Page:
After being fired from his job, Dr. Rahmanirad got a permit to open his private practice and started his military service in Khorramabad: "I had no problems until 2021 when my military service ended. However, the pressure from the security agencies and their focus on my activities didn’t stop. They didn’t like that I visited needy patients for free and said I was doing this to promote my own beliefs. Or they asked, ‘Why do you advocate [prenatal] screening?’ Screening was not illegal at the time, but they closed my clinic which was only reopened on the advice of the Medical Council of Iran.”
Arrest, December 2022
In November and December of 2022, Mahabad was one of the epicenters of the “Woman, Life, Freedom” protests. Amid reports of continued casualties inflicted by security forces in the city, Dr. Rahmanirad, Behnam Ohadi, a psychiatrist, and Homayoun Eftekharnia, an anesthesiologist, announced on Instagram on November 30 they were traveling to Mahabad to help the injured.
Then, on December 4, came the news that agents of the city’s Intelligence Bureau had arrested the trio.
Dr. Rahmanirad described his incarceration: “After confiscating all the medicine and medical equipment, I was taken to a solitary cell of the Security and Intelligence Police of Mahabad. I was remanded in solitary confinement for 46 days, and later I was transferred to the detention center of Mahabad Prison. On January 18, we were temporarily released after posting a bail of 600 million tomans. The gentlemen were not pleased when I reported about what I had witnessed in solitary confinement and in the common ward, both about our own conditions and the conditions of other prisoners.”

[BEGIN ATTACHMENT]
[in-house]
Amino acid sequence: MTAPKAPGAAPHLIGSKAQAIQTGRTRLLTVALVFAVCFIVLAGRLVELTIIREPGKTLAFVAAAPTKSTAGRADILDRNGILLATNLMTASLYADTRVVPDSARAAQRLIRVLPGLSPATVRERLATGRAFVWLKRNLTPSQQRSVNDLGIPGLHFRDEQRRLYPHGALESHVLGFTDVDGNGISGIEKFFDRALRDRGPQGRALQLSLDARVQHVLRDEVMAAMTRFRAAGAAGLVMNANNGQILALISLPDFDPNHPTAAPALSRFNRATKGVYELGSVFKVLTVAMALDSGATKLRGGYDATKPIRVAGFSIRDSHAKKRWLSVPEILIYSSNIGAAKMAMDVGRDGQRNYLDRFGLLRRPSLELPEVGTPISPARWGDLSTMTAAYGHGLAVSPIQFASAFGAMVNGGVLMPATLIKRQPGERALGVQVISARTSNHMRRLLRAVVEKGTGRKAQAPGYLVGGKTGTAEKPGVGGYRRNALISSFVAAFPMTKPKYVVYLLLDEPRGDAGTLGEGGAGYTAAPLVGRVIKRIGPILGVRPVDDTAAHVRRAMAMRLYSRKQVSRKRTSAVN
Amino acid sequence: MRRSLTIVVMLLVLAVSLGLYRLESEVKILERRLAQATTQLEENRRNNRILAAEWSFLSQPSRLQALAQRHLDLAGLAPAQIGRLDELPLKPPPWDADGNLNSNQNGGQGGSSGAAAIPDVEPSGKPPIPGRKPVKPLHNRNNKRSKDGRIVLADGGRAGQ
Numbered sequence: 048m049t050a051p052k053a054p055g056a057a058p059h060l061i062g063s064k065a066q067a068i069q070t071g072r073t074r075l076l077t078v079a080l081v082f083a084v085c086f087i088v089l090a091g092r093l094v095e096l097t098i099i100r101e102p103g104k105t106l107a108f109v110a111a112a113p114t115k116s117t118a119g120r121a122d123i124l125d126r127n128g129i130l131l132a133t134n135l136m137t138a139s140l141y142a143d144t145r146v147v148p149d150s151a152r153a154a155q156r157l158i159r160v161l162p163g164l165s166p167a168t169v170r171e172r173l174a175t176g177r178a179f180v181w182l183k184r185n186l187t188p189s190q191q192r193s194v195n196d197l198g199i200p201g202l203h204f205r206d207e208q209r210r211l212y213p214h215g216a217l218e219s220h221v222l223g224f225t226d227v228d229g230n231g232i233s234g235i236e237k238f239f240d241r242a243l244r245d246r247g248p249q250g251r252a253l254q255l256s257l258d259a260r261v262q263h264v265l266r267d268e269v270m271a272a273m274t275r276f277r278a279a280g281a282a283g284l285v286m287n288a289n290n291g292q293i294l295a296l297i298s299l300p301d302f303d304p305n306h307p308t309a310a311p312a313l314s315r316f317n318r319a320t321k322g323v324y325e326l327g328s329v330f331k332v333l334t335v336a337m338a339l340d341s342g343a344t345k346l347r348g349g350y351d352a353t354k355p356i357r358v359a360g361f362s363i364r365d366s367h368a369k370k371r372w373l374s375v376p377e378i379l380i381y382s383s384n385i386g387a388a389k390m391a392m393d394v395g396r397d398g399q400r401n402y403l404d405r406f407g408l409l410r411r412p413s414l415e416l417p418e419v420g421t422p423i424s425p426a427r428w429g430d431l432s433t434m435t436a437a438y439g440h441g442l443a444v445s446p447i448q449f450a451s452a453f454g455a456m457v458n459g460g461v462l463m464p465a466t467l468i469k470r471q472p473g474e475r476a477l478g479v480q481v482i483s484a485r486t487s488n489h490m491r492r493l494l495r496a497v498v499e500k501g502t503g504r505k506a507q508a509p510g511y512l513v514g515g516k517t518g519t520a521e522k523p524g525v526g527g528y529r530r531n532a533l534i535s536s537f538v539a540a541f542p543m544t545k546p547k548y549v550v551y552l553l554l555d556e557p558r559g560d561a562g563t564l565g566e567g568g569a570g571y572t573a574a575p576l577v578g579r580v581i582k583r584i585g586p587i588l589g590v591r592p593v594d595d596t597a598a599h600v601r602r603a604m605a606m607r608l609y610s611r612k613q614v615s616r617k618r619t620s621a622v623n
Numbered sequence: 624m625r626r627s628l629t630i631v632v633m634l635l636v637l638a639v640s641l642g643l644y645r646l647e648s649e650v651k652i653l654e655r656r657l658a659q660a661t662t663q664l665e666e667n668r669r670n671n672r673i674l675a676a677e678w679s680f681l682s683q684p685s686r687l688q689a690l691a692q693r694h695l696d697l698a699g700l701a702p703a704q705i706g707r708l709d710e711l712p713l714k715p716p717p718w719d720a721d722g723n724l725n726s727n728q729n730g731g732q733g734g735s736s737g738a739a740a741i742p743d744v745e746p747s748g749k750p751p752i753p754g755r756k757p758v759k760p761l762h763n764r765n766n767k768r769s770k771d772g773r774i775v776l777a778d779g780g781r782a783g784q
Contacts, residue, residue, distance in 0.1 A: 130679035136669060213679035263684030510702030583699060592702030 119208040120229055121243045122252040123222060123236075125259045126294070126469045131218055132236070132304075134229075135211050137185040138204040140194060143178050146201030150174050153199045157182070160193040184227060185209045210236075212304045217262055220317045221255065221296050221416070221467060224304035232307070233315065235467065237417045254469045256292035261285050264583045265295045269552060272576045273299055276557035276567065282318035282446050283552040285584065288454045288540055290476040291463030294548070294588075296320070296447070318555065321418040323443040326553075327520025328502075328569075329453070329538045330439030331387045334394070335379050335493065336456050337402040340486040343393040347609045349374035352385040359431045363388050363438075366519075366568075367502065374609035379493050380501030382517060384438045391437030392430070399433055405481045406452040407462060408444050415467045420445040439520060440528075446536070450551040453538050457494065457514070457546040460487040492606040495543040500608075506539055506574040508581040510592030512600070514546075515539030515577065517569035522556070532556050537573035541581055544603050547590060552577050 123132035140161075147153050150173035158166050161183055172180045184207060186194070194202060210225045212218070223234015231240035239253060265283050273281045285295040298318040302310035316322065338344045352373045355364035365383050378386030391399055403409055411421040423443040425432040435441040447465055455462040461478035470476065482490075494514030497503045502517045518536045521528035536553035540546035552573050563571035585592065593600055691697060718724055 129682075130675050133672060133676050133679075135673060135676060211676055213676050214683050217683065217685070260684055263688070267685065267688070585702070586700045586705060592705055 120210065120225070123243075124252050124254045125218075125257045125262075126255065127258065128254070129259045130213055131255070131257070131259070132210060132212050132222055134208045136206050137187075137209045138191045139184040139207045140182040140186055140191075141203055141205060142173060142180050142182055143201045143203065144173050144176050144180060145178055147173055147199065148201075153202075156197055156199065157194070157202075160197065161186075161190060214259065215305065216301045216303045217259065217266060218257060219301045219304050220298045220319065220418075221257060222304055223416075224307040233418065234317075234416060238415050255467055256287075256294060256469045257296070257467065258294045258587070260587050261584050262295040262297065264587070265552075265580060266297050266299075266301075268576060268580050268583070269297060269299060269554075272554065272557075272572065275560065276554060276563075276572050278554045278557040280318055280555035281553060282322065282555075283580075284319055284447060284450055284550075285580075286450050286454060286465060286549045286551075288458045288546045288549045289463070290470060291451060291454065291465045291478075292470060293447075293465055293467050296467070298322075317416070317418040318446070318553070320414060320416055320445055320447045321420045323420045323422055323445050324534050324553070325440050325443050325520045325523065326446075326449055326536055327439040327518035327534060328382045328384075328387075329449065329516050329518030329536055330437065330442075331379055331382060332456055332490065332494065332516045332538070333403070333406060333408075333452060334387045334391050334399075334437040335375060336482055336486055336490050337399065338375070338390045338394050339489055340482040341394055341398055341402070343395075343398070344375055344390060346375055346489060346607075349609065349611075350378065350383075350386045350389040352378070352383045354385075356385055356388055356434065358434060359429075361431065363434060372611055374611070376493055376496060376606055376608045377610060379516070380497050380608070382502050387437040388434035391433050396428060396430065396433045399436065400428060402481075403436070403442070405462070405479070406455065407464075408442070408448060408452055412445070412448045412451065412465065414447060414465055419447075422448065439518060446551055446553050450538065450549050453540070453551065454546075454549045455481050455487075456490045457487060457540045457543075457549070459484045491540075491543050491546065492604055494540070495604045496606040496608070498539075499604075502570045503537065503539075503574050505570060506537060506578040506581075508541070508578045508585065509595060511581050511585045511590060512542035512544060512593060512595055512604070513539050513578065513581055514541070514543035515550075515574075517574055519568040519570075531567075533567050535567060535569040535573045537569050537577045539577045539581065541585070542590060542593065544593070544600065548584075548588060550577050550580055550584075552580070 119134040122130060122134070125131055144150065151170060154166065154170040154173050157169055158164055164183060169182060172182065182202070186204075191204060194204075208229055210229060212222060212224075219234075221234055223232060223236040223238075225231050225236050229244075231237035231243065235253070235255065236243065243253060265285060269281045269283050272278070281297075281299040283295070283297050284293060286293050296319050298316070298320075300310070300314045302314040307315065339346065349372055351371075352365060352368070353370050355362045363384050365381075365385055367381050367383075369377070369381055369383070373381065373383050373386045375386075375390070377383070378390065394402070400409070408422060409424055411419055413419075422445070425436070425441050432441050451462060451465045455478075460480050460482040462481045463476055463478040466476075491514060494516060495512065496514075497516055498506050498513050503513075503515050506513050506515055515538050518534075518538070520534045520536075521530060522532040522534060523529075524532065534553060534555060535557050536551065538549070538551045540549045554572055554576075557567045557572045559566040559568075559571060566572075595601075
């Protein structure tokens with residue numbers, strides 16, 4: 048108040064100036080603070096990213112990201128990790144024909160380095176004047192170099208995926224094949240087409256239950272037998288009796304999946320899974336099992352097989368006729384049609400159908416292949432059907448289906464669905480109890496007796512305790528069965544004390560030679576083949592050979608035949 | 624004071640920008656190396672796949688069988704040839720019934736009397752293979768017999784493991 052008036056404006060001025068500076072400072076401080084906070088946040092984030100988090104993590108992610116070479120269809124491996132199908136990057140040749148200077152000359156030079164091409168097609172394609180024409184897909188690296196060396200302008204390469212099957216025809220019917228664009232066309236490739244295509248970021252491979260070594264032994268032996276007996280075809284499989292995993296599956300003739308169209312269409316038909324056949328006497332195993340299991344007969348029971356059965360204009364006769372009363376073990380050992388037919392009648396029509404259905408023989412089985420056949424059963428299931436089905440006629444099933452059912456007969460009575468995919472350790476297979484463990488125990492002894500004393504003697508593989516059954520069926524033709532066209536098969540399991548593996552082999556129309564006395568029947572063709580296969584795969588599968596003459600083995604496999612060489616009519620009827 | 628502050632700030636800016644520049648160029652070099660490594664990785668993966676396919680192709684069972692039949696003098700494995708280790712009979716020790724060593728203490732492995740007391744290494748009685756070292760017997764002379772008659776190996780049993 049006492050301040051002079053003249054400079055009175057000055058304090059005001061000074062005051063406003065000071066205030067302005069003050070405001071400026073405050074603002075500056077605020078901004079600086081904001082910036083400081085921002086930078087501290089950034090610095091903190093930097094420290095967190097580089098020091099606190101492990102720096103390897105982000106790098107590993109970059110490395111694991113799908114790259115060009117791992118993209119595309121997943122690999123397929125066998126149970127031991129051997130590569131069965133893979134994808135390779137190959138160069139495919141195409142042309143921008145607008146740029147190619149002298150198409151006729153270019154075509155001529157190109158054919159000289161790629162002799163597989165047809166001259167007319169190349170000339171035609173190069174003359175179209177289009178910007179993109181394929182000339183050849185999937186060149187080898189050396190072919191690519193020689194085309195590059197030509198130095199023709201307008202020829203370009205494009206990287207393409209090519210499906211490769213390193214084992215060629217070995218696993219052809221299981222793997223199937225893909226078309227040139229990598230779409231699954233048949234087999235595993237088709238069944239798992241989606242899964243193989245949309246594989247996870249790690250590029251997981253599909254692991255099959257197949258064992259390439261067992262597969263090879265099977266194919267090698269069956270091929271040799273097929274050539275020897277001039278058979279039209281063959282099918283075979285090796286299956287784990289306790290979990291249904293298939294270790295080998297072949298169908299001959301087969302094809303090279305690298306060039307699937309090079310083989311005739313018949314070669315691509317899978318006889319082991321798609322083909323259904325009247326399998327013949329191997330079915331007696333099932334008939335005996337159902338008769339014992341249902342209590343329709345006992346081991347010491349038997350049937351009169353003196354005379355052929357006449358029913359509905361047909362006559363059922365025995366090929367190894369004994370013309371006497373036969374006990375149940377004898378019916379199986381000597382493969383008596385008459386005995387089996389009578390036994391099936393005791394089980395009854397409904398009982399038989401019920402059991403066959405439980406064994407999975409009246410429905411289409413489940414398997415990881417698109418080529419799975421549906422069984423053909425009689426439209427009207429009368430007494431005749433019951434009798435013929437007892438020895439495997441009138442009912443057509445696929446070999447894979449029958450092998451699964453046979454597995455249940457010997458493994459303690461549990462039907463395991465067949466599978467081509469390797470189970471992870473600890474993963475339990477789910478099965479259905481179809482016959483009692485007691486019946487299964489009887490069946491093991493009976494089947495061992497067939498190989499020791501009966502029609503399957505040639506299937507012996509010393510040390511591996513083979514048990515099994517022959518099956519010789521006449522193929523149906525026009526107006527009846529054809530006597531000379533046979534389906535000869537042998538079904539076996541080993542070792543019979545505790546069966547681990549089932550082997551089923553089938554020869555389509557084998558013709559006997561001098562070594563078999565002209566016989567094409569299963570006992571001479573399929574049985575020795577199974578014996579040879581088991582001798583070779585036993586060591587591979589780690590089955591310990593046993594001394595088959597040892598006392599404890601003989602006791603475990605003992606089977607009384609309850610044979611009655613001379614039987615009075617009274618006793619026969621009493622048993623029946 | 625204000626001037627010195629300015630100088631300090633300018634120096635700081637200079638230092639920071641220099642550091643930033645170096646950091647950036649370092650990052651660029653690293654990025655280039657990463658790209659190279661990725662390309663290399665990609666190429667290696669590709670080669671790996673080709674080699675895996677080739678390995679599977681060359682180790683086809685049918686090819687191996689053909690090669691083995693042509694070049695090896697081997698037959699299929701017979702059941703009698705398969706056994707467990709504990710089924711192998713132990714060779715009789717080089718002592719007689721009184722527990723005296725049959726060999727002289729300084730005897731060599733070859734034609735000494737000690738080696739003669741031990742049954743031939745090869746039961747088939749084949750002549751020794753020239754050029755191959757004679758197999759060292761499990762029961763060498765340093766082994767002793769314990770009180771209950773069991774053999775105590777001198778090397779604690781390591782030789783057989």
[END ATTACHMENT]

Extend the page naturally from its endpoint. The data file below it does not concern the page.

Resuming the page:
“We were stripped in front of the interrogators and officers and were subjected to a body search upon entering the detention center. Through long sleep deprivations, by telling us lies about the death of my father and the heart attack of my mother and other psychological tortures, the interrogators wanted to force us to confess to having connections with the opposition Kurdistan Democratic Party. However, in the end, we were cleared of all charges. Nevertheless, I’m still not allowed to resume my medical practice.”
“My office is still closed. I’ve repeatedly received death threats by phone. After the charges were dismissed, I received less threats, but they didn’t go away. Even if my clinic is reopened, I would be afraid to go there.”
Since the September 2022 death of Mahsa Amini sparked nationwide protests, at least two doctors – Parisa Bahmani and Aida Rostami have been killed in suspicious circumstances, while several doctors and nurses have been arrested.